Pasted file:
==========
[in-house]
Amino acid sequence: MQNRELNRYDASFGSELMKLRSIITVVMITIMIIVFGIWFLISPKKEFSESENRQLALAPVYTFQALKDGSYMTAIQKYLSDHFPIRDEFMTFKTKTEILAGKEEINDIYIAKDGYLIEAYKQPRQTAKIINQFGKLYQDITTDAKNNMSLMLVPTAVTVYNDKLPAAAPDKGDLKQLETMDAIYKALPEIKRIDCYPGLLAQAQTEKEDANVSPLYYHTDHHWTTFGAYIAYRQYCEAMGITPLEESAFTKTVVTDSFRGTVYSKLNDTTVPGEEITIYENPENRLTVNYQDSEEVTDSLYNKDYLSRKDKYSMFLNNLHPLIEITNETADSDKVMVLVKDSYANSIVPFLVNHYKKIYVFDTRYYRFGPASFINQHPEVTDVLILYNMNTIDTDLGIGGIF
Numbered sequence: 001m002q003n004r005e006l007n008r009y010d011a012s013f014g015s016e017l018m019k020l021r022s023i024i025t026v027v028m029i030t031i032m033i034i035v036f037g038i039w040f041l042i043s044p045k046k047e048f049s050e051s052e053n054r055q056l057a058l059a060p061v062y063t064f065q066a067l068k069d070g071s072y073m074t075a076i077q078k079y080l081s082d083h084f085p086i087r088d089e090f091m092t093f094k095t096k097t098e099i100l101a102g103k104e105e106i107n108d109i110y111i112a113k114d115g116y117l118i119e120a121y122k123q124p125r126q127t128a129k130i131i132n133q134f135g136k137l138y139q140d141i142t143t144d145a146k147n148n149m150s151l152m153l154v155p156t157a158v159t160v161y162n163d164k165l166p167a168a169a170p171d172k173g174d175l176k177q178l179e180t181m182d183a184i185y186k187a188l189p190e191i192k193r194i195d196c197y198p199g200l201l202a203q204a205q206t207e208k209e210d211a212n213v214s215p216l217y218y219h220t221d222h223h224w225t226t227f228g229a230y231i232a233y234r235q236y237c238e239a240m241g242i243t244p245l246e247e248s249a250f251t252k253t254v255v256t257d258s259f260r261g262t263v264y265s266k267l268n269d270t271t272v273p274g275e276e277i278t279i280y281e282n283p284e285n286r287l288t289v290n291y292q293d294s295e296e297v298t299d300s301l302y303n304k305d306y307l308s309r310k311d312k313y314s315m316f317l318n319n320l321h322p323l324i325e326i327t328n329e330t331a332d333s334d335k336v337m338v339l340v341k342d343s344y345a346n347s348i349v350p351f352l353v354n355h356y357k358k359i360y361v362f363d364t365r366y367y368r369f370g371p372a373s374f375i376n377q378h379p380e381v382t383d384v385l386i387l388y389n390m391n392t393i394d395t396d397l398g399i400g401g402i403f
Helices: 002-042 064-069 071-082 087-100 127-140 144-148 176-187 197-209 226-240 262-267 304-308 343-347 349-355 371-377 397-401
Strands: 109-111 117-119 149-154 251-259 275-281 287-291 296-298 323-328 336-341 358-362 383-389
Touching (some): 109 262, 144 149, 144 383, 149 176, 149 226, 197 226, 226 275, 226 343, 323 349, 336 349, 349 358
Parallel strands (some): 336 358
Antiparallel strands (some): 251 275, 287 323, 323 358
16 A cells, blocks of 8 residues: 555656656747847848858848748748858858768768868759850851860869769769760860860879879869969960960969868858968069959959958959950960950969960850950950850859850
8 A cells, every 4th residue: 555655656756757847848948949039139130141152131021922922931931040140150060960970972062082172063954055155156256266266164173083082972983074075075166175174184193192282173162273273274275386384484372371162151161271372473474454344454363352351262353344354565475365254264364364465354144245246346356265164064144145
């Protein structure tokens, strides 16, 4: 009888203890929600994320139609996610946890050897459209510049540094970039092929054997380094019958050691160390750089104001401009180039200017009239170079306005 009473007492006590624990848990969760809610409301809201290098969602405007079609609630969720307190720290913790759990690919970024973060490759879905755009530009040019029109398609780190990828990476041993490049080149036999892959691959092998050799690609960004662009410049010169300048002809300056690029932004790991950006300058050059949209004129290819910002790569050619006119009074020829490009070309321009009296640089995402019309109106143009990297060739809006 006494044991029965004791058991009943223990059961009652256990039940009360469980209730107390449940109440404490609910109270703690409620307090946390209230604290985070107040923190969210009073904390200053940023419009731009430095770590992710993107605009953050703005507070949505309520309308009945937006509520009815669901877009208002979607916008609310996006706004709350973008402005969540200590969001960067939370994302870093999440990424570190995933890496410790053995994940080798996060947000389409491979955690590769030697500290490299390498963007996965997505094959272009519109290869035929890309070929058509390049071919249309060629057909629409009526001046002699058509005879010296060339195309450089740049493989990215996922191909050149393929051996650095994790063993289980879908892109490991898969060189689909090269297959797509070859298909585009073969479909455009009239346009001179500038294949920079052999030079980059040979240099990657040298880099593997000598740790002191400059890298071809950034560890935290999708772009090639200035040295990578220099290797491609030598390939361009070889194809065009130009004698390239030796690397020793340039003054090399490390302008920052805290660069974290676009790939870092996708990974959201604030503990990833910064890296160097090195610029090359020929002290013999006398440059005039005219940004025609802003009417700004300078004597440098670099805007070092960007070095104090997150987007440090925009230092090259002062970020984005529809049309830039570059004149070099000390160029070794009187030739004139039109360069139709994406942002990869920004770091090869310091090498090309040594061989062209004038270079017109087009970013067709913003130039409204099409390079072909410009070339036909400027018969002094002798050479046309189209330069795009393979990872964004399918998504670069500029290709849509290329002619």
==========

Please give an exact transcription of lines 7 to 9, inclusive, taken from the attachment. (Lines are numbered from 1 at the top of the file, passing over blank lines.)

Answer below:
Parallel strands (some): 336 358
Antiparallel strands (some): 251 275, 287 323, 323 358
16 A cells, blocks of 8 residues: 555656656747847848858848748748858858768768868759850851860869769769760860860879879869969960960969868858968069959959958959950960950969960850950950850859850